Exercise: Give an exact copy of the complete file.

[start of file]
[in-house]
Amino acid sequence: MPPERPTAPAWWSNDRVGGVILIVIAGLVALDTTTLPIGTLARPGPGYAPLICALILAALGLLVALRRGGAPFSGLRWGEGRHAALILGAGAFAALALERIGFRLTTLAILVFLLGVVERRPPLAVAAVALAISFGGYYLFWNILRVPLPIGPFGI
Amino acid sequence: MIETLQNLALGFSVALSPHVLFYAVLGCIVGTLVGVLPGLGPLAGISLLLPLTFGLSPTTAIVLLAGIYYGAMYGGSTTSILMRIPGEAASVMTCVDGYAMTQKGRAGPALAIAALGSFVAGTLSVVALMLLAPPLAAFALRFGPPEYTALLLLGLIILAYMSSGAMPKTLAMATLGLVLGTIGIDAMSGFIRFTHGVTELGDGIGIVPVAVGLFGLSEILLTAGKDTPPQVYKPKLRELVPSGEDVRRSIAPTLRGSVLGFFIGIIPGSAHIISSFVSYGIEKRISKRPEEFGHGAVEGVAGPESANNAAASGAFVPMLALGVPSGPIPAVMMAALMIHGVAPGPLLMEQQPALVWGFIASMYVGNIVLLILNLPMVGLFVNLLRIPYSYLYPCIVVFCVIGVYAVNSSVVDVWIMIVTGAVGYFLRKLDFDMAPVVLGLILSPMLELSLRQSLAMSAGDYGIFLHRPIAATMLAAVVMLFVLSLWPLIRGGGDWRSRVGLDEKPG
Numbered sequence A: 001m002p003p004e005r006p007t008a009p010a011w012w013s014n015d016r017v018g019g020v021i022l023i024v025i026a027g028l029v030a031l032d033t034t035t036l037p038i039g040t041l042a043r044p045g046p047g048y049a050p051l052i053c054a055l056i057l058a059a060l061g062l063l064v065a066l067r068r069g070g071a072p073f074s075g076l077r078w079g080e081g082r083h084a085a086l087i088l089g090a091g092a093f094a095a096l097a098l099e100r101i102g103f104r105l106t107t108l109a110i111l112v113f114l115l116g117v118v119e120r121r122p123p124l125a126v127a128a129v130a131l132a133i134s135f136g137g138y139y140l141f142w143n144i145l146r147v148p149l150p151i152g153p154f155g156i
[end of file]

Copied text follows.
[in-house]
Amino acid sequence: MPPERPTAPAWWSNDRVGGVILIVIAGLVALDTTTLPIGTLARPGPGYAPLICALILAALGLLVALRRGGAPFSGLRWGEGRHAALILGAGAFAALALERIGFRLTTLAILVFLLGVVERRPPLAVAAVALAISFGGYYLFWNILRVPLPIGPFGI
Amino acid sequence: MIETLQNLALGFSVALSPHVLFYAVLGCIVGTLVGVLPGLGPLAGISLLLPLTFGLSPTTAIVLLAGIYYGAMYGGSTTSILMRIPGEAASVMTCVDGYAMTQKGRAGPALAIAALGSFVAGTLSVVALMLLAPPLAAFALRFGPPEYTALLLLGLIILAYMSSGAMPKTLAMATLGLVLGTIGIDAMSGFIRFTHGVTELGDGIGIVPVAVGLFGLSEILLTAGKDTPPQVYKPKLRELVPSGEDVRRSIAPTLRGSVLGFFIGIIPGSAHIISSFVSYGIEKRISKRPEEFGHGAVEGVAGPESANNAAASGAFVPMLALGVPSGPIPAVMMAALMIHGVAPGPLLMEQQPALVWGFIASMYVGNIVLLILNLPMVGLFVNLLRIPYSYLYPCIVVFCVIGVYAVNSSVVDVWIMIVTGAVGYFLRKLDFDMAPVVLGLILSPMLELSLRQSLAMSAGDYGIFLHRPIAATMLAAVVMLFVLSLWPLIRGGGDWRSRVGLDEKPG
Numbered sequence A: 001m002p003p004e005r006p007t008a009p010a011w012w013s014n015d016r017v018g019g020v021i022l023i024v025i026a027g028l029v030a031l032d033t034t035t036l037p038i039g040t041l042a043r044p045g046p047g048y049a050p051l052i053c054a055l056i057l058a059a060l061g062l063l064v065a066l067r068r069g070g071a072p073f074s075g076l077r078w079g080e081g082r083h084a085a086l087i088l089g090a091g092a093f094a095a096l097a098l099e100r101i102g103f104r105l106t107t108l109a110i111l112v113f114l115l116g117v118v119e120r121r122p123p124l125a126v127a128a129v130a131l132a133i134s135f136g137g138y139y140l141f142w143n144i145l146r147v148p149l150p151i152g153p154f155g156i